September 30, 2005

Remorse and Regret

There are two types of apology, and it is important to keep them separate yet recognise the importance of both. The first kind is the pure apology, in which someone expresses remorse at an action done. In this case, someone says that he or she would not have performed the action if given the chance again. The second kind of apology is sometimes called a "sham" apology, though they are very important. In this case, someone regrets the harm he or she has done to another, but still would not have acted differently. These different apologies express remorse and regret, respectively. Remorse is concerned with right versus wrong action, while regret is concerned with good versus bad consequences.

To be unbelievably simplistic for a moment, there is a different language used about actions and the consequences of actions. When making a decision, one weighs the consequences, both good and bad. The option that causes the most good and does the least bad is the right option (I told you I was being unbelievably simplistic; one may add moral goods in here so as to avoid utilitarianism). However, even though a decision may be the right decision, that is, it is the decision that is the best overall, that does not necessarily mean that it does not have bad consequences. As such, a decision may both be right and at the same time, have bad results.

There are different terms for what is felt in each of these cases. In the case where someone made the wrong decision, one expresses remorse. In this case, one often feels guilt, as one should have behaved differently. So, when one makes an apology, one is saying that he or she would not behave the same way if given the same opportunity. However, there is a lesser and still important apology. When one makes the right decision, but harms someone, one ought to feel regret for the outcome. One may still have acted the same way, but one feels compassion for others' suffering and regret for one's causal role in that pain. In this case, an apology expresses that regret.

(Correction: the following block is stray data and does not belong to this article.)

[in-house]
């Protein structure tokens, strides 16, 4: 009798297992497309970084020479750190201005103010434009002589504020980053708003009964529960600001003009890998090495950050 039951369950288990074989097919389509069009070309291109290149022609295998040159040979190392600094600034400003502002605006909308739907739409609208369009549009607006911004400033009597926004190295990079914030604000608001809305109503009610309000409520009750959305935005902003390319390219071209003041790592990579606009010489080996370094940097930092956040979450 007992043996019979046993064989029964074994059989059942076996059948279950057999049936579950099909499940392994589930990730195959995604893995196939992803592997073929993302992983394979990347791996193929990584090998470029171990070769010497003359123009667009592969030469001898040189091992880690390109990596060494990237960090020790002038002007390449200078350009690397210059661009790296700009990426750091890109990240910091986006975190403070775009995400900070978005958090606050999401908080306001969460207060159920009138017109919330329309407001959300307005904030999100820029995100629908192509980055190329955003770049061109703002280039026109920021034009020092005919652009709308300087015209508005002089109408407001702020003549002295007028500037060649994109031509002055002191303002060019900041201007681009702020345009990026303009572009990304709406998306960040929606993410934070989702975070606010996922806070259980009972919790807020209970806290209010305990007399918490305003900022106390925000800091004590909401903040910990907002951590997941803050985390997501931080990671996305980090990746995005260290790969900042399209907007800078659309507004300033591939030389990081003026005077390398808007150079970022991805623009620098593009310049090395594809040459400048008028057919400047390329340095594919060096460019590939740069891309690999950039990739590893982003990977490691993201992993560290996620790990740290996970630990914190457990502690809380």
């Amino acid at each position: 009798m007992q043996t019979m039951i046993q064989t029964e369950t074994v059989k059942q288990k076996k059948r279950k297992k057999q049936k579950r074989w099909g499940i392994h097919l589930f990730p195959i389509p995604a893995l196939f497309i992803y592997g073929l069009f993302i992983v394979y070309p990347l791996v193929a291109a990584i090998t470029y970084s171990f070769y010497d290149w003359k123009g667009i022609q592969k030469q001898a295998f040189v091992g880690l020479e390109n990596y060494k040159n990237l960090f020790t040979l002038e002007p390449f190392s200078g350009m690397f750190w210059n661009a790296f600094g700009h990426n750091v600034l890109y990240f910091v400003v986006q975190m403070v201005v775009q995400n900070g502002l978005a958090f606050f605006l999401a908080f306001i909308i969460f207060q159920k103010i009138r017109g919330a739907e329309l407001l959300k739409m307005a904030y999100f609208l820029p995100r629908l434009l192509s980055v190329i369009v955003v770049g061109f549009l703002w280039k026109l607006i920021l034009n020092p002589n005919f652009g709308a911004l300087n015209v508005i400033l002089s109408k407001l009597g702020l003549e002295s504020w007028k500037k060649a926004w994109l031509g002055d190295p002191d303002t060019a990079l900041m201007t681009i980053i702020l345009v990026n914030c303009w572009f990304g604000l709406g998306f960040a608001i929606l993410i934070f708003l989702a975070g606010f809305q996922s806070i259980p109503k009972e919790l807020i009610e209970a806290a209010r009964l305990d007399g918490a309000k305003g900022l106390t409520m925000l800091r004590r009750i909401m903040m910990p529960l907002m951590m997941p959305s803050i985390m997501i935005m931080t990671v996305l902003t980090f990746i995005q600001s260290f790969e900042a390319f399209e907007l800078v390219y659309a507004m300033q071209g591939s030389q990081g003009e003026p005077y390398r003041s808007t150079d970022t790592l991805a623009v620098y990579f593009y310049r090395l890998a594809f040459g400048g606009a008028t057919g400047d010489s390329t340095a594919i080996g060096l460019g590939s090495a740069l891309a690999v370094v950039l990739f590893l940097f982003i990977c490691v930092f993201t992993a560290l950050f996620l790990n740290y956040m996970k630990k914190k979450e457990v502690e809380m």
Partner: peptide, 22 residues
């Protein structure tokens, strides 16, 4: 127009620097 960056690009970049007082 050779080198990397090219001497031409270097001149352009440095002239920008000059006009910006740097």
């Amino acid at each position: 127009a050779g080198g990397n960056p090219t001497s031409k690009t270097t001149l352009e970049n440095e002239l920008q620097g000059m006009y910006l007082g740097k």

Both kinds of apologies are important, but one must keep them separate. If one apologises in such a way that it sounds like one is expressing remorse when one is only expressing regret, one might get the response of, "So, would you do it again?". When the answer is "yes", one is likely to be greeted with anger and a charge of hypocricy. However, if one fails to apologise when one has caused harm, one comes across as cruel and perhaps even malicious. Expressing regret when performing a right action with bad results has the consequence of showing a lack of indifference and allowing the harmed party to feel less used.

How, then, should one apologise in an instance where someone has caused harm but would still have acted the same way? In these cases, the distinction between remorse and regret is very useful. We can show our concern for the feelings of others while not dishonestly saying we would have acted differently. In situations like breakups, firing employees and failing students, one may give an apology of regret that is not simply a sham apology.

September 27, 2005

On Jaywalking

I was rereading the Crito today, and I realised that the argument Socrates makes in this dialogue is one that is rarely taken seriously. Since everything that Socrates says is true (we must remember first principles), this is a problem. The argument from the Crito is that it is always unjust to harm the laws of one's country by breaking them, since one has made an agreement to follow those laws by living there. Therefore, even though Socrates did not in fact corrupt the youth, he was convicted by due proceess and it would be unjust for him to escape from prison. Socrates believed so strongly that one ought not to break the laws of one's country, that he allowed himself to be executed.